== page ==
The new edition of The Real Chopper is on sale now. It’s the smaller B format for those who like to carry their reading material around with them. Still one of my favourite works, showing how Chopper didn’t just lie outright but told a deeper story with another set of true characters that he sought to protect, even as he exploited them to build his own legend. Chopper’s story really speaks of the way myth is created in jail and the underworld. Another chance to thank Nathan Billings for his great researching work on this book and many others who helped unravel the mystery. Copies happily signed. Nice work on this photograph above by Jack Shand by the way.
Chapter 1 − Myth-Man
In the dreary morning light, Read’s face radiated a brownish-yellow hue. He had recently returned from a final holiday, on Daydream Island in Queensland with his wife Margaret and son Roy. The suntan had mixed with the jaundice to produce a startling burnished patina, almost like a bust moulded in clay. His face so drew the eye that it drained the colour from everything else around and the trees, the grass and the sky had all merged into an indistinct grey murkiness, like black and white television from the 1970s.
Stricken with liver cancer, Read’s condition had deteriorated quickly; the weight had fallen off him in recent weeks. The yellow eyes were weary and hollowed out, and his body seemed to swim in his now oversized down jacket. As I shook his hand, my left gripped his shoulder and drew him to me in the studied, manly half-embrace of the Melbourne crime set. The 18-inch biceps of his heyday were long gone, but the middle-aged padding was disappearing too. Under his clothes, the skin hung on his bones like a loose-fitting skivvy embroidered with a tapestry of prison tattoos and scars. Once a sign of his power and persona, the skin seemed no longer to belong to him, as if a frail and vulnerable Mark Read was wearing the pelt of another: the myth-man Chopper Read that he’d created.
‘So you’re going to write a book about me? Is that right? I’d better be nice to you then, hadn’t I?’ he said, arching an eyebrow in mock horror. Even that seemed to be an effort but he could still summon up the old repartee, delivered with a flash of the gleaming cobalt false teeth.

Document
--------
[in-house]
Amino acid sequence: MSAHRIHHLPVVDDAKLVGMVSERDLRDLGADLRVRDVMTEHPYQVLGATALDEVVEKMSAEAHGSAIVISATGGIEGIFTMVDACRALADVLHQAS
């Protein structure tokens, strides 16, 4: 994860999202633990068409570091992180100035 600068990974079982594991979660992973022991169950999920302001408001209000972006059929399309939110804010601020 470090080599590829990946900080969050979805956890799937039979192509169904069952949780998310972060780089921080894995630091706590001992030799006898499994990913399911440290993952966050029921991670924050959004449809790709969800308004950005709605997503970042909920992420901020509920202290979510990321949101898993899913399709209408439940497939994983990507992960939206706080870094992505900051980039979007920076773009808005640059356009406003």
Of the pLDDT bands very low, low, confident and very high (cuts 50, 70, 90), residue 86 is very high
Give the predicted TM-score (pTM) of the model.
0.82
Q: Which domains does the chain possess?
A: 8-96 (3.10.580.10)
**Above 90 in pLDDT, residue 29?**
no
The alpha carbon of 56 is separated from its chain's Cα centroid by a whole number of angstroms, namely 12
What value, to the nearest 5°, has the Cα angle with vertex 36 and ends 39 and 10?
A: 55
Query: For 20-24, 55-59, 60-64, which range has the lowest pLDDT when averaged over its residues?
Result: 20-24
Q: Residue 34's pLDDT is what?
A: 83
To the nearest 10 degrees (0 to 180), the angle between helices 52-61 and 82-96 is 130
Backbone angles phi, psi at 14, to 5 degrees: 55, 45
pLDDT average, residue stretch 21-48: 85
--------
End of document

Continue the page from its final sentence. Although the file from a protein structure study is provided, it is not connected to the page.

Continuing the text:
The idea amused him: talking to a biographer whose work he would never get to read.
There were many like me looking to get their last piece of Chopper Read, he said. Plans for documentaries, TV exposés, tell-all stories for the women’s magazines were all well underway. He had recently met with Frank Howson, the writer and producer of Chopper the Musical. He was somewhat disappointed to learn it would be staged in 2015, two years after his anticipated demise, if the doctors were right. He wasn’t expected to see Christmas.
He was nonetheless pleased to learn the piece would be highly authentic, only slightly embellished for dramatic effect. ‘It’s not a piss-take or a send-up,’ added Frank Howson in the Herald Sun. ‘If you look at Chopper Read’s life, it’s quite operatic − there’s drama, there’s violence, there’s wit and there’s redemption.’ Authenticity was important, or at least defending the legend.
In the latter regard, I was clearly a threat.
‘You could just go and do a bloody Chopper Read on me, couldn’t you?’ he said.
I nodded. We both knew what that meant. I could say anything I liked once he was gone.
‘You’ll be there writing, “Oh, there I was walking along the street and suddenly out of a gay massage parlour comes Chopper Read!”’
Mark Brandon Read was always the storyteller. Yes, there had been ghostwriters and collaborators, five at last count. There had been a legion of journalists, documentary makers, music producers, screenwriters and authors, all trying to interpret what his life had been and what it meant. But the voice was always his, no matter how unreliable the content.
In jail, he had created a legend, and on the outside he had moved into it. He inhabited and exploited it, like no other criminal in Australian history. He undermined Australia’s criminal elite, stole their stories and then laughed in their faces. Then outlived most of his generation.
But we never really knew Mark Brandon Read. Chopper sneered at the notion that anyone could have real insight into others. Everyone is a mystery to themselves, he said, so how could anyone presume to know somebody else? It was the height of arrogance to suggest such a thing. He did not become a writer to get people to understand him. In some sense, the creation of an alter ego afforded Read the luxury of avoiding scrutiny of himself. His writings were just a gimpse into hisheart and mind’.
Everyone looked for the meaning of life. But if God came down to earth and we could ask Him personally, we would be disappointed, according to Read. God would tell us to piss off, he’d be too busy looking for the truth himself.So why bother asking.